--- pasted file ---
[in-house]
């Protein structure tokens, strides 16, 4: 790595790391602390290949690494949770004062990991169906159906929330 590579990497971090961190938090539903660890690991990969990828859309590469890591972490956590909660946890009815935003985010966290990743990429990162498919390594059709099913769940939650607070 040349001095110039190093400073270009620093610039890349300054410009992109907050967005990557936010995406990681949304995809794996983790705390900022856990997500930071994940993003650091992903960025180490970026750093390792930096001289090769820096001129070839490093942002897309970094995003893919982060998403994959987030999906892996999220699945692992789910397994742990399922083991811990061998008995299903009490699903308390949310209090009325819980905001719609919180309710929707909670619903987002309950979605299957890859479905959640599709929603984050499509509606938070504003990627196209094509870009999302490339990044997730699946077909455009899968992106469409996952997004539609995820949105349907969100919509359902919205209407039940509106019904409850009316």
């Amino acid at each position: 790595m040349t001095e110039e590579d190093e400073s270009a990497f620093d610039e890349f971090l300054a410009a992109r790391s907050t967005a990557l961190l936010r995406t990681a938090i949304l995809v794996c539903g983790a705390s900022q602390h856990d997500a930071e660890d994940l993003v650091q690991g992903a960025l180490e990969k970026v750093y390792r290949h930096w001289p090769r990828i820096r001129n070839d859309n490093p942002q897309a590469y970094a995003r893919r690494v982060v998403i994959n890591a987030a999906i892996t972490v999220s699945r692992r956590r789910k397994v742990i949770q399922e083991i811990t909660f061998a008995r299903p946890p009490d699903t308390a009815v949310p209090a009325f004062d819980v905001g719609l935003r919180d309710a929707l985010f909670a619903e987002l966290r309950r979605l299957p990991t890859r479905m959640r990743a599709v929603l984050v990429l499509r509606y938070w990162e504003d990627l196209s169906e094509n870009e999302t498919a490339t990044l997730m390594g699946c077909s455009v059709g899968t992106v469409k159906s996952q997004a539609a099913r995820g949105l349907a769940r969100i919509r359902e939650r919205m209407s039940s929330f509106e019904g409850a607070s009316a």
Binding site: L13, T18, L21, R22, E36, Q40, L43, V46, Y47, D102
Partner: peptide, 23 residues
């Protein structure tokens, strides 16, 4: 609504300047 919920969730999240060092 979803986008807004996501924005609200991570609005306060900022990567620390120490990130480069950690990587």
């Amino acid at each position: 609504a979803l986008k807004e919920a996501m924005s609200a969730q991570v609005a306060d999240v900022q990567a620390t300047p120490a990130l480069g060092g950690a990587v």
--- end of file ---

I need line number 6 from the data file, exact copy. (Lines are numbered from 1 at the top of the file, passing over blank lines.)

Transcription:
């Protein structure tokens, strides 16, 4: 609504300047 919920969730999240060092 979803986008807004996501924005609200991570609005306060900022990567620390120490990130480069950690990587």